• Urban renovation of districts/ support to sustainable & smarts cities.

Now, the advocacy opportunity is open for the local players to submit their needs and ideas. Social housing local representations bodies worked with the regional authorities in order to prepare the operational programmes. However, some differences can be observed between Regional Authorities in the consideration of social housing as strategic priorities.

Andalusian Agency for Housing and Refurbishment (AVRA) is a public agency that carries out housing and retrofitting programmes addressing the most vulnerable. The agency manages more than 74 thousand dwellings.

According to Marta Romero from AVRA, the key challenge in Andalusia is the summer dominant climate which creates a very warm climate in the hot months. At the same time, there is a lack of appropriate heating appliances to heat during winter time. A big number of the housing stock is energy inefficient and there is a big risk of energy poverty. At the moment, the share of renewable energy in the energy mix is low.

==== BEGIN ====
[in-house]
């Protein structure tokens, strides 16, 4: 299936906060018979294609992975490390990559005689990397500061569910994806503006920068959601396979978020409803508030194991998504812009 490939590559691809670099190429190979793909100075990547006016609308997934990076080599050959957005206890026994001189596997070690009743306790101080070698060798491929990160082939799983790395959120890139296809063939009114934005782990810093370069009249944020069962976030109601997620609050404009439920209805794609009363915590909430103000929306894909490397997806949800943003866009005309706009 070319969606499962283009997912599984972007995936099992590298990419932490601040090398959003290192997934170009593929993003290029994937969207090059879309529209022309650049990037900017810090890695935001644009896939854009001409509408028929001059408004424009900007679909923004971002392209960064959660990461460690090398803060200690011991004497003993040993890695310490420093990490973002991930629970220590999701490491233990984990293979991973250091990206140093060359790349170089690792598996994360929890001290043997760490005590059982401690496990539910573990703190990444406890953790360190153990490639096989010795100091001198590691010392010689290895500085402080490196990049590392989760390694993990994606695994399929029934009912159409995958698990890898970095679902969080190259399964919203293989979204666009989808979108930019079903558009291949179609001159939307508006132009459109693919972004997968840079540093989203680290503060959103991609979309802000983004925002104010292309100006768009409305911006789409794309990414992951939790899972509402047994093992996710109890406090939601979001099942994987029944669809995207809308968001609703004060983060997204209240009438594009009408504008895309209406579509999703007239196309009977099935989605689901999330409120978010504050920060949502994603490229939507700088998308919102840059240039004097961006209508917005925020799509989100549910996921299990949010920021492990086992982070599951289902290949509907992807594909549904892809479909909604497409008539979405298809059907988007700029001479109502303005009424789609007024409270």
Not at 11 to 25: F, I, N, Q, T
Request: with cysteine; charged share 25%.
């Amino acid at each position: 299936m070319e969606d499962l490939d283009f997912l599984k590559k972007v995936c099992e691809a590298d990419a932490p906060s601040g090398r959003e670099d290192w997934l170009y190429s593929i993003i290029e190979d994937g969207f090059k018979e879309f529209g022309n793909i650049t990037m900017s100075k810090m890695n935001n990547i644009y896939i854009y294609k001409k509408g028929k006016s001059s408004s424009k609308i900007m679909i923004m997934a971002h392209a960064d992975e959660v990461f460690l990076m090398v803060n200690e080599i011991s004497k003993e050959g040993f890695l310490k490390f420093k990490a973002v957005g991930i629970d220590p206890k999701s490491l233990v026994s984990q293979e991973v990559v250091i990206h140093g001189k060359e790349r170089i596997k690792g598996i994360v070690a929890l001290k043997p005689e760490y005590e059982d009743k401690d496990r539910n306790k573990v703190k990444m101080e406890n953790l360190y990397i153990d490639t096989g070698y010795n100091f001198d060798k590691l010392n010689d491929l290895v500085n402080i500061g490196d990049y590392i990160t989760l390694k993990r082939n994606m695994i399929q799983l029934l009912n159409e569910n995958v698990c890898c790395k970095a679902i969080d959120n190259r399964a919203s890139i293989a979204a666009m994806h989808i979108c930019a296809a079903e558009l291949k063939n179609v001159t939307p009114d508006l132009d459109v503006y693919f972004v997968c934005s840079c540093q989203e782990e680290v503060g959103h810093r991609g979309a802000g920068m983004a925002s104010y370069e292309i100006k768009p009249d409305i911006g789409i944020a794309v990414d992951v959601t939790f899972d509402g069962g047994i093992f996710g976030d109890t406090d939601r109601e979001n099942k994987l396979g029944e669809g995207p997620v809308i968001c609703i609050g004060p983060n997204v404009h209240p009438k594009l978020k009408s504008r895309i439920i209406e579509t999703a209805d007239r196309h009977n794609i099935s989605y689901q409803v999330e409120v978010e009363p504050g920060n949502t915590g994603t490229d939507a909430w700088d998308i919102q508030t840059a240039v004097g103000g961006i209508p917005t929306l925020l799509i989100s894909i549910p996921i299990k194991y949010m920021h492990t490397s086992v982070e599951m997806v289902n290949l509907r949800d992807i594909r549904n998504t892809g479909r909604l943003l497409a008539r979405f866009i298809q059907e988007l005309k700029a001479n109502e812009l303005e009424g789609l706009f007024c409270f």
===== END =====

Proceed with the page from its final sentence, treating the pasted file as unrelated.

The agency has developed energy efficient renovation processes to speed up the renovation of buildings and it is also testing innovative measures, such as the industrialisation of multi-family social housing construction with zero energy consumption. Moreover, participation and awareness raising activities are also carried out.

Beyond Cohesion Policy, the Agency received also €22 million under ReactEU that will be used to retrofit more than 1000 buildings in the region.

Regarding the upcoming Operational Programme, the agency has developed recommendations that have been sent to the Regional Ministry. AVRA has asked the Ministry to develop strategic Action Lines in 2020 addressing housing through the following measures: